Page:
A coalition of UC faculty, students, activists and community members launched a campaign Tuesday through multiple social media platforms to remove police across all UC campuses by Sept. 1, 2021.
The group is a coalition within a coalition, the result of a merger of various groups including UCFTP, Cops Off Campus and the student-led No UCPD Coalition. Inspired by the cost-of-living adjustment movement, the coalition initially formed in 2019 and spent about six months organizing to launch its campaign.
“We’re not just organizing in a closed circuit sense with people who are on specific campuses, but we also acknowledge not just the university but university-impacted spaces,” said SA Smythe, a coordinating member of the UCFTP and Cops Off Campus coalitions and assistant professor at UCLA. “We’re absolutely trying to be not just attentive as individuals in this specific struggle here but working very closely with other Black, Indigenous, people of color, queer people, trans people, people with disabilities who are university-impacted.”
Smythe added that the coalition wants the public to focus on the campaign as a global movement, with the goal of abolishing the police rather than simply defunding the institution. While the campaign is centered on the abolition of police, it also seeks to empower the public.
With the expansion of the national Black Lives Matter movement against police brutality, concerns about police reform and abolishment have been brought up to the UC system. These concerns have also been localized on the UC Berkeley campus, as new reforms and policies are being considered for UCPD in order to create public safety alternatives and reduce the need for law enforcement on campus.
Kendra Levine, co-chair of University Council-American Federation of Teachers Local 1474 Berkeley-SF, said as a union, its members recognize the need to address these issues and believe students should be “prioritized over policing,” redirecting resources to alternative methods to support the community.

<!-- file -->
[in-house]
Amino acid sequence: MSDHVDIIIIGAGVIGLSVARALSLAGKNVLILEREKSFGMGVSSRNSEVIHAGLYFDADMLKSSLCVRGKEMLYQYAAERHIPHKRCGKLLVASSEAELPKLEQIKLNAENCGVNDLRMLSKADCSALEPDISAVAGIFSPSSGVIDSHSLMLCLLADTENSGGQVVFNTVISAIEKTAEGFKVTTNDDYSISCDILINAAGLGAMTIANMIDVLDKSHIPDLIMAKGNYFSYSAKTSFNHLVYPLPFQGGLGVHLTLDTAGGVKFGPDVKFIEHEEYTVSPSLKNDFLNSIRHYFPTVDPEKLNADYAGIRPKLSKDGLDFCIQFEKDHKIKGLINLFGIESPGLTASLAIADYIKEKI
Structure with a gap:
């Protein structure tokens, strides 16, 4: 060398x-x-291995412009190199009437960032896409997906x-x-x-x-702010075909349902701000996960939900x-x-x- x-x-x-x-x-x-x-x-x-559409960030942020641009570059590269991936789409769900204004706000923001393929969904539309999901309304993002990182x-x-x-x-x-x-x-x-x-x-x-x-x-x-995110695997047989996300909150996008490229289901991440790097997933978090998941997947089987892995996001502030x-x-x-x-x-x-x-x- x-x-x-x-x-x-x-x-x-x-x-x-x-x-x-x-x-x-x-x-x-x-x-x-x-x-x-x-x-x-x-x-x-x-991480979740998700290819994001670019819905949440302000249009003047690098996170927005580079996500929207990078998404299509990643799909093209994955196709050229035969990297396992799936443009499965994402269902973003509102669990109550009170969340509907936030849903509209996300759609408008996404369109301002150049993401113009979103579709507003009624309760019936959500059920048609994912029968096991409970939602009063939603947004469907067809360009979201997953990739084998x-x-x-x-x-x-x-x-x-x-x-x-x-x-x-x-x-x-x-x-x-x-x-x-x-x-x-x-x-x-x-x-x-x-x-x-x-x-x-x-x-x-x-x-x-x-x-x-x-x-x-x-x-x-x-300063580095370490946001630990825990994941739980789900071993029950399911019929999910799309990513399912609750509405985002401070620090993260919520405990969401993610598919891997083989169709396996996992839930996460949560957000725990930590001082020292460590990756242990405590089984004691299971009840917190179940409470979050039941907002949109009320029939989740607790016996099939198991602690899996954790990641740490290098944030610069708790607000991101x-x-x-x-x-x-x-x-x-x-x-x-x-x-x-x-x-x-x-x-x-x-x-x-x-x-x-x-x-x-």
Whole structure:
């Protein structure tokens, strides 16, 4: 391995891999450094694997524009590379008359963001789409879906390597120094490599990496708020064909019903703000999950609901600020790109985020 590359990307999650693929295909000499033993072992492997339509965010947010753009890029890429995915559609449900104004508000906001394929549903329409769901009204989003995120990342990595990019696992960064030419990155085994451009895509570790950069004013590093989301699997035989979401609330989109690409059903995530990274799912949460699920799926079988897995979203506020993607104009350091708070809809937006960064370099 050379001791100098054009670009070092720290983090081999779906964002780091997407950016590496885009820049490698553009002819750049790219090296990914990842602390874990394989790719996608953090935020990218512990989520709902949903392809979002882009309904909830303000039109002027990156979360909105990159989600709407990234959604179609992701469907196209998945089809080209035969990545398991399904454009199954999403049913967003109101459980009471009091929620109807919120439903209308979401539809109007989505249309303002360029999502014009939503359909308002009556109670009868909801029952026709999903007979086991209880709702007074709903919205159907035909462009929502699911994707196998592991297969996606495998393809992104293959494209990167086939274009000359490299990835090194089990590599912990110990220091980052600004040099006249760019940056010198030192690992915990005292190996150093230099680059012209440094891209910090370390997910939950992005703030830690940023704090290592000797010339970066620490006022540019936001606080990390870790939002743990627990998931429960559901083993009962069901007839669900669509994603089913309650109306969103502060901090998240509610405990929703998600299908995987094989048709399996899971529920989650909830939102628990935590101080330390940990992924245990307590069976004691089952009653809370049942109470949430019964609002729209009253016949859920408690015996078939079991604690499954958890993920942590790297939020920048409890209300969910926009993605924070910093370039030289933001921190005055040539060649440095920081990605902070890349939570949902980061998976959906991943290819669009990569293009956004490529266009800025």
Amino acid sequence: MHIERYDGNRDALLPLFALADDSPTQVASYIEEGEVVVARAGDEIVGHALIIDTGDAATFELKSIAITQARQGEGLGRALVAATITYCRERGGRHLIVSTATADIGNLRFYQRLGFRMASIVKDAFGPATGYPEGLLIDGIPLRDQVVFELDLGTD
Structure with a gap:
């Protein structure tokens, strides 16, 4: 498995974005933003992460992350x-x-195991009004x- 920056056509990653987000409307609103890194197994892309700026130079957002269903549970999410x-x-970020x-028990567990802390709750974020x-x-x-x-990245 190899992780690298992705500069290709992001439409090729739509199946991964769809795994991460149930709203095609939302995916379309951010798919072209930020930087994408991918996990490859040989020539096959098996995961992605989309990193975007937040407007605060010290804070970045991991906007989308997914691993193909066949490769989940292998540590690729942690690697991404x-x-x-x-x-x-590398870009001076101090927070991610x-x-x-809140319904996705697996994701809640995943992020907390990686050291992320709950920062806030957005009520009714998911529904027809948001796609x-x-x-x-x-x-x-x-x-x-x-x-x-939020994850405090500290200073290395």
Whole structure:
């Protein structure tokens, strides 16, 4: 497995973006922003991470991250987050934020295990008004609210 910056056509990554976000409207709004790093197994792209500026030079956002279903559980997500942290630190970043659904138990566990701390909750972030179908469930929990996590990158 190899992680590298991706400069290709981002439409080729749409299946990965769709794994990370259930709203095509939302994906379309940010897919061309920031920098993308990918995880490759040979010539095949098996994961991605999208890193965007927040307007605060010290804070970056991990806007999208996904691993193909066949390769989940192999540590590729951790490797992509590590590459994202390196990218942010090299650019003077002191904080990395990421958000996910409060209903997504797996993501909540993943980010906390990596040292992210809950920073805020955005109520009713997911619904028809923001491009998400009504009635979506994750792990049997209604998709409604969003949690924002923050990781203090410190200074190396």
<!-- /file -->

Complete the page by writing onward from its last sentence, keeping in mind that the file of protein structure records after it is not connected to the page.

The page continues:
The UC system will continue to focus on creating a safer campus community, said UC Office of the President spokesperson Stett Holbrook in an email.
“We recognize and empathize with the sentiment behind calls to defund or disband police departments at UC and across the country, which reflect the rightful call for increased scrutiny of officer misconduct and abuses,” Holbrook said in the email.
In 2018, former UC president Janet Napolitano convened a task force to examine UCPD investigative practices, use of force-related policies, training and the use of campus police advisory boards, according to Holbrook. After accepting the task force’s recommendations, the UC system continues to rely on campus police departments with officers held to a systemwide use-of-force policy.
Smythe said while there are many examples of the establishment of task forces, advisory committees and the reforming of police, the public needs resources and not the police.
“What we want are public reparative goods like housing, education and health care, and what we do not want is the police,” Smythe said. “We’re saying we don’t actually want the police to be shielded from accountability by the presence of an advisory committee, we don’t want citizen advisors of the police, we want no police.”
A previous version of this article misquoted SA Smythe as saying, “We’re saying we don’t actually want the police to be fielded from accountability by the presence of an advisory committee (…).” In fact, Smythe said, “We’re saying we don’t actually want the police to be shielded from accountability by the presence of an advisory committee (…).”